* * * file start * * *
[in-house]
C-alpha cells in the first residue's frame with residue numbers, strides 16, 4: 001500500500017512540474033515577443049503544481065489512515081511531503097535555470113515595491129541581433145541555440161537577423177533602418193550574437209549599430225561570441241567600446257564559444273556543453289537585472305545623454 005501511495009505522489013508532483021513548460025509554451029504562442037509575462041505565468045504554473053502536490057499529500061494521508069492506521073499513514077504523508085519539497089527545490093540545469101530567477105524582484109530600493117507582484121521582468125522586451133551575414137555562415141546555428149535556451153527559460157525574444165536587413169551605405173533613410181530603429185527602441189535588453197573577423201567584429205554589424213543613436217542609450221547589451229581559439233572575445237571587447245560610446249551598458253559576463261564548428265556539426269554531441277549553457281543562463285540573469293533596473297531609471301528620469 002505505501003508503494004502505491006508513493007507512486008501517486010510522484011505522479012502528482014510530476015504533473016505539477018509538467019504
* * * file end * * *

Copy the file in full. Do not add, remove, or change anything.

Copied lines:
[in-house]
C-alpha cells in the first residue's frame with residue numbers, strides 16, 4: 001500500500017512540474033515577443049503544481065489512515081511531503097535555470113515595491129541581433145541555440161537577423177533602418193550574437209549599430225561570441241567600446257564559444273556543453289537585472305545623454 005501511495009505522489013508532483021513548460025509554451029504562442037509575462041505565468045504554473053502536490057499529500061494521508069492506521073499513514077504523508085519539497089527545490093540545469101530567477105524582484109530600493117507582484121521582468125522586451133551575414137555562415141546555428149535556451153527559460157525574444165536587413169551605405173533613410181530603429185527602441189535588453197573577423201567584429205554589424213543613436217542609450221547589451229581559439233572575445237571587447245560610446249551598458253559576463261564548428265556539426269554531441277549553457281543562463285540573469293533596473297531609471301528620469 002505505501003508503494004502505491006508513493007507512486008501517486010510522484011505522479012502528482014510530476015504533473016505539477018509538467019504